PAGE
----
On a crisp day nearly two weeks ago in Karachi, two worlds far apart, came together. One of the worlds was of privilege and control, the other of misery and injustice. The head of NADRA, Mr Tariq Malik, showed up in one of the largest slums in the city and the country: Machhar Colony. A large number of the residents in the colony are ethnically Bengali, and many have been living in the permanent state of statelessness. Children born in the community inherit the anxieties and fears of their parents. They inherit the poverty and injustice of the world around them. And of course, they inherit the statelessness of their parents.
Despite the unambiguous law of the land that grants them citizenship, and the clear directions of various courts, the statelessness of Machhar colony remains out of sight of the local authorities, and out of mind from the rest of us. Without having a national ID card, the residents are formally and deliberately excluded from national services and programmes. The children cannot study in public schools, the youth cannot work in most sectors, and the sick cannot get the help they need and deserve. Even when the brilliant athletes from the colony win accolades for the country, as they did during the pandemic, the state looks the other way and even refuses to pat them on the back. Those who do not count, do not matter. The state refuses to count the Bengalis of Machhar colony among its own. Misery is perhaps too limited a word to describe the lived experience of millions marked by state-supported xenophobia, hostility, racism, harassment and disdain for the poor.
Yet, something changed on November 16th 2022, when Mr Malik, the head of NADRA, the organisation that is in charge of national ID cards, biometric systems, the famous ‘B-forms’ and so much more, showed up at the colony. While the small steps that the contingent from NADRA took were giant leaps for those who have been waiting for well over five decades, little changed in the world of news and media that was fixed only on the sound bites from Zaman Park, Rawalpindi and Islamabad.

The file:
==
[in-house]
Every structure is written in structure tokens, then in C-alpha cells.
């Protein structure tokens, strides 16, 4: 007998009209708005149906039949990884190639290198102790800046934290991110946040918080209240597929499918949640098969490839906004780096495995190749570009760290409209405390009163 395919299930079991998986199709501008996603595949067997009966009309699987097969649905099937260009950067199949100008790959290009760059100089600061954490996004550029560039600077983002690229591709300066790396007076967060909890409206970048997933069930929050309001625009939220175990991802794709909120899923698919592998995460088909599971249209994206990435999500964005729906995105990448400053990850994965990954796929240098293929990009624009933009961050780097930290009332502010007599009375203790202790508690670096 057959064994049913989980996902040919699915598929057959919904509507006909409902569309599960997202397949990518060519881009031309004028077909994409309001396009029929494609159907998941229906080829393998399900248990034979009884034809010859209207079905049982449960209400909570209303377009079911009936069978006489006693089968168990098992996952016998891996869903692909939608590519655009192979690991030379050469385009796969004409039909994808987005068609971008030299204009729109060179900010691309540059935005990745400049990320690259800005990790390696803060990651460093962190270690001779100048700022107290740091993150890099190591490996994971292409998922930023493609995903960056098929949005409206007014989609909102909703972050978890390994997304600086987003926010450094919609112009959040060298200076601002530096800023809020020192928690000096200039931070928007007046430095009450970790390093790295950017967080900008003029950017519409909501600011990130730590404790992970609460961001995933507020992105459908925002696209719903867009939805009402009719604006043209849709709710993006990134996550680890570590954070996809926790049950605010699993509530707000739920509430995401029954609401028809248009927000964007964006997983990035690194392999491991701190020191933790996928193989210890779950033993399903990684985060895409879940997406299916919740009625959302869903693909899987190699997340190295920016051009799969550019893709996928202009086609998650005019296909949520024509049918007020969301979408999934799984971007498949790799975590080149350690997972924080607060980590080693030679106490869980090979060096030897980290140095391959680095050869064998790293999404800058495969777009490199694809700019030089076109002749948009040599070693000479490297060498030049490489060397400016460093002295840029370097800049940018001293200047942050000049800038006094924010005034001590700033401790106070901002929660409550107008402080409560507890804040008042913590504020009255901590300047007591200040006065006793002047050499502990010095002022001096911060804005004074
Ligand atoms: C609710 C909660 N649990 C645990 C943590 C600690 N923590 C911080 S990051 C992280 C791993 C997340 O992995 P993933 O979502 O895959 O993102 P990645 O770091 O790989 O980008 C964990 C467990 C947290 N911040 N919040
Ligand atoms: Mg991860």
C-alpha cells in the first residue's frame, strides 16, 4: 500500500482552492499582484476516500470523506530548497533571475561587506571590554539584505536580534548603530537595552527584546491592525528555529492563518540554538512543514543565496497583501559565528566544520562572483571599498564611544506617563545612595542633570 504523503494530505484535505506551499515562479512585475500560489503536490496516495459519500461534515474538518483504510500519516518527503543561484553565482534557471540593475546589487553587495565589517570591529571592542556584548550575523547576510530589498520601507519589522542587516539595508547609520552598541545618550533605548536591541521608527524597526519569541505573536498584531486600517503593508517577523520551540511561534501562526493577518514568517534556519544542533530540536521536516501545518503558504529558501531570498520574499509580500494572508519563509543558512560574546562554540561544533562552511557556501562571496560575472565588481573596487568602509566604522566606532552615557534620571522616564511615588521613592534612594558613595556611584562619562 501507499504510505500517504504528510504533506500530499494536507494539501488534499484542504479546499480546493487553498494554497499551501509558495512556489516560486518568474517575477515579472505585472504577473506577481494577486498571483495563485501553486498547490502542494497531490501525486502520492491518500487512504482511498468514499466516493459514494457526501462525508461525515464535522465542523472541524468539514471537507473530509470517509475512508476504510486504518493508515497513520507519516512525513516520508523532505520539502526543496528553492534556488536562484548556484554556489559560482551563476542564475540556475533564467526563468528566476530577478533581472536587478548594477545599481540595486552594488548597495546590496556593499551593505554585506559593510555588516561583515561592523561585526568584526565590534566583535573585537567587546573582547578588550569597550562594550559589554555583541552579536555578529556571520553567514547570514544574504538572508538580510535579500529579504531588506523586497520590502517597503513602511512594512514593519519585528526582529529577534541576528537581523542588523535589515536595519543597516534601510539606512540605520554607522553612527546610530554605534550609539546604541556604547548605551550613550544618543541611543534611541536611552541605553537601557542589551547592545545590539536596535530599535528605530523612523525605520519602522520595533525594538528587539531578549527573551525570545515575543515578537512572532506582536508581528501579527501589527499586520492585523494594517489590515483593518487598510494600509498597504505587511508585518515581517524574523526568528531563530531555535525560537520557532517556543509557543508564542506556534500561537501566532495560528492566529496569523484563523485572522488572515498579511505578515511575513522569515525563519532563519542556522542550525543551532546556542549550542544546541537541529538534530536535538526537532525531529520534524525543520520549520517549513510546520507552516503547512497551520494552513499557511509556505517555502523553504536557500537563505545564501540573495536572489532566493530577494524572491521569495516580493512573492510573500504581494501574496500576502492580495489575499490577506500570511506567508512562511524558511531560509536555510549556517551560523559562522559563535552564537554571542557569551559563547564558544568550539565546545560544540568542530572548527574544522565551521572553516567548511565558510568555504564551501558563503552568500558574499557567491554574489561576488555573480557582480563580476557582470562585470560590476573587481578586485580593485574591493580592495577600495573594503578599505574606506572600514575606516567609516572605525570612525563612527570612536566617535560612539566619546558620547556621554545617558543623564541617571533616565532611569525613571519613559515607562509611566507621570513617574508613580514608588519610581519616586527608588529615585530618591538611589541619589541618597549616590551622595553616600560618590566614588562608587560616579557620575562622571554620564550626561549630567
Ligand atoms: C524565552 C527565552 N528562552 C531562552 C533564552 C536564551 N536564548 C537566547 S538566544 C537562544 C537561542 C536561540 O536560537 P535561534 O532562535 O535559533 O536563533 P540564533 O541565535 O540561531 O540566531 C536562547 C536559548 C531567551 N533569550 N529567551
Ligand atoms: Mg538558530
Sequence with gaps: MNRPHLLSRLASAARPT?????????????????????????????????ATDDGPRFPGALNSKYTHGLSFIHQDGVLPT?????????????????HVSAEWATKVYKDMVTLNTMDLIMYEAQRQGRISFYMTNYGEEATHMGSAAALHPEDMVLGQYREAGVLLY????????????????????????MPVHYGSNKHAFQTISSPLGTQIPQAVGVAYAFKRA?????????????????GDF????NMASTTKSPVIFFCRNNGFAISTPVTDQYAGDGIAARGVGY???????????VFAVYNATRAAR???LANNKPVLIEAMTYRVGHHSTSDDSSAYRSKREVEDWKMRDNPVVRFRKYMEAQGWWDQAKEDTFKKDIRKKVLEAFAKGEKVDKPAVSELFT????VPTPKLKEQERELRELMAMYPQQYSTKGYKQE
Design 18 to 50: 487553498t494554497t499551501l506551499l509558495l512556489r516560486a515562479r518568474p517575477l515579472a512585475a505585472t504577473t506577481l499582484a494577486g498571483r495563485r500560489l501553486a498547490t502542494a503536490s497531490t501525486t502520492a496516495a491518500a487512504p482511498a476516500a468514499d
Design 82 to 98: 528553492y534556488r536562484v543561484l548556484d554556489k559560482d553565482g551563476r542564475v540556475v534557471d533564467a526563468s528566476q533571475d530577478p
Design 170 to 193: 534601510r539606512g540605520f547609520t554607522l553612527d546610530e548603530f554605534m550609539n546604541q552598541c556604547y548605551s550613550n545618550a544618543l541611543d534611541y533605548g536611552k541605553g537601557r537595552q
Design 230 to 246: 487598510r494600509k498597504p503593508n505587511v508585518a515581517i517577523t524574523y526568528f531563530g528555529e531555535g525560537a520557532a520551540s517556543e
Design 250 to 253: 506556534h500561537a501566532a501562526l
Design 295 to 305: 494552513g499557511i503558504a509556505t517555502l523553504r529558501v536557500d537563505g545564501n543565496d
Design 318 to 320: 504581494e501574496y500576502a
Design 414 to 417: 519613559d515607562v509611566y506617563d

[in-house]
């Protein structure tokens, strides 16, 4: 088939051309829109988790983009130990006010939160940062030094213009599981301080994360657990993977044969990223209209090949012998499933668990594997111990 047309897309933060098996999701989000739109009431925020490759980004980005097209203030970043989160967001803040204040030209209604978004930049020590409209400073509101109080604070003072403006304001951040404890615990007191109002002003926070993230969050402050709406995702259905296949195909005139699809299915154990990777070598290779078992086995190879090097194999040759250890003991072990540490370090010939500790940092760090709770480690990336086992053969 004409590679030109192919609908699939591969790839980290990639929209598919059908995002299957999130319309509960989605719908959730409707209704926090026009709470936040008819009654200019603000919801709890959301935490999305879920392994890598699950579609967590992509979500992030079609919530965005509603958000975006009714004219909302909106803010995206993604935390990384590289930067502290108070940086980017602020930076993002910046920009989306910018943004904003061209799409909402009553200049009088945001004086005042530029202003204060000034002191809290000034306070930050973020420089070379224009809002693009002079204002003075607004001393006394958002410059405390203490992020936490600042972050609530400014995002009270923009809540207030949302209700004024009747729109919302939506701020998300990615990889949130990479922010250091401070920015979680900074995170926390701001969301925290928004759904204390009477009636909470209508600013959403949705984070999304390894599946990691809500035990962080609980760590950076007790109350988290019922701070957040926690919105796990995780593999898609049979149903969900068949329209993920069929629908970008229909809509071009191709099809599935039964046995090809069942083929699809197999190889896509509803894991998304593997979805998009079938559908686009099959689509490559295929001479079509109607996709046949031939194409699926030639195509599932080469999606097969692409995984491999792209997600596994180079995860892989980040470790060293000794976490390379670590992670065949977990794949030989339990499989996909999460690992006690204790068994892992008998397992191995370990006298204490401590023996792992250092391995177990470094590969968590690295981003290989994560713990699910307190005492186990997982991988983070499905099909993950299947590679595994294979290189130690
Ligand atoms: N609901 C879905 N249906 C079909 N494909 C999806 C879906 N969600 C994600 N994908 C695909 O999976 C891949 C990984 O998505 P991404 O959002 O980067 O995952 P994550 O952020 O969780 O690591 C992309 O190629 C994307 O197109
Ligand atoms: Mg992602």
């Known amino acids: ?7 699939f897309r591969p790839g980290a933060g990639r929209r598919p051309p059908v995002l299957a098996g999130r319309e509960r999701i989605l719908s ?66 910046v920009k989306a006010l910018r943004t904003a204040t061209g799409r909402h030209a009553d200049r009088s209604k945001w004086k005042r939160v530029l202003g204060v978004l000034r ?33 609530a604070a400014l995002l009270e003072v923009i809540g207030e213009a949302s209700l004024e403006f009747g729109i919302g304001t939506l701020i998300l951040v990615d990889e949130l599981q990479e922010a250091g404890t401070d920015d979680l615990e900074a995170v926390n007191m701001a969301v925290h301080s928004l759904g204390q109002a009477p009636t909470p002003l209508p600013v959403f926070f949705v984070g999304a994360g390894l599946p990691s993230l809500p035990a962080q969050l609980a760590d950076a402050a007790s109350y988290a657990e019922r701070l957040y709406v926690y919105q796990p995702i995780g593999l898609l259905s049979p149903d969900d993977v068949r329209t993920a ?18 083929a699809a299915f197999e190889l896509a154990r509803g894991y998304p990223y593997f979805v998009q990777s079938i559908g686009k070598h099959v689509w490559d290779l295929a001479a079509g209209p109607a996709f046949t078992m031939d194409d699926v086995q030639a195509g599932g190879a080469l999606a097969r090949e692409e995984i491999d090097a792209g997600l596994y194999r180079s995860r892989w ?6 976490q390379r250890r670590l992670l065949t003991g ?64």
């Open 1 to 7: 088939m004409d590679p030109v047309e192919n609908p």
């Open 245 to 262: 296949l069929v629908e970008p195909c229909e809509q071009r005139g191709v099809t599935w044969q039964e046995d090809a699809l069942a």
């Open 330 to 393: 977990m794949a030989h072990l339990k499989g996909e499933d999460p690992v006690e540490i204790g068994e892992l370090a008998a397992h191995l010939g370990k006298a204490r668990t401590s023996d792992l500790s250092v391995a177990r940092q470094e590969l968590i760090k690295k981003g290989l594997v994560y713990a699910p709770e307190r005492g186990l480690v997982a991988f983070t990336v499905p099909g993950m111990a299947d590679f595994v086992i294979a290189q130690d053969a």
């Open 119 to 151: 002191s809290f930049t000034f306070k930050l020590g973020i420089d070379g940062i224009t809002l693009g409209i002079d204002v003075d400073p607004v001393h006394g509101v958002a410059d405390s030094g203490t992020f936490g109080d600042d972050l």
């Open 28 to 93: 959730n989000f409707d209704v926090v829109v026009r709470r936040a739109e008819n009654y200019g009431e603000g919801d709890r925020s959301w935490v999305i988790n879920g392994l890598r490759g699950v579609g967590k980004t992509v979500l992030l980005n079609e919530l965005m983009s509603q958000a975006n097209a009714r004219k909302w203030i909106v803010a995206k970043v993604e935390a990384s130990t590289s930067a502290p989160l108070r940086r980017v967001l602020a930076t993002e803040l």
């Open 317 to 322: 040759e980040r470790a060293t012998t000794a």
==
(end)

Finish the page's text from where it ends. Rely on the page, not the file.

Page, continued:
Despite the fact that it barely made the news (except a story or two that was buried deep inside the papers, and a few tweets), this is a major development on the road to equality, dignity and fairness. Of course, a single visit by the head of NADRA does not grant citizenship to those who have a rightful claim, nor does it solve the problems of injustice overnight, but there is a tiny ray of hope today that did not exist a few weeks ago. The interaction of the NADRA head with the community, and in particular the children for whom Pakistan is the only home, can be a catalyst to stop the continued injustice that dates back over five decades of suffering for the Bengali community. The credit goes to the individuals and organisations, who despite minimal funds and resources, against the popular sentiments of racism, xenophobia or apathy, have stood their ground in Machhar colony, in federal and provincial offices and in the highest courts of the land. The tacit recognition by NADRA that we need to change course was long overdue and, one hopes, is the beginning of a new journey.
The success of this new journey, however, depends on us. Those of us who talk the big talk on inclusion, respect, fairness and justice in our tweets and seminars can
no longer remain on the sidelines and choose our values on political convenience. We may never be able to undo the harm done over several decades, but we must no longer be a party to continued injustice.
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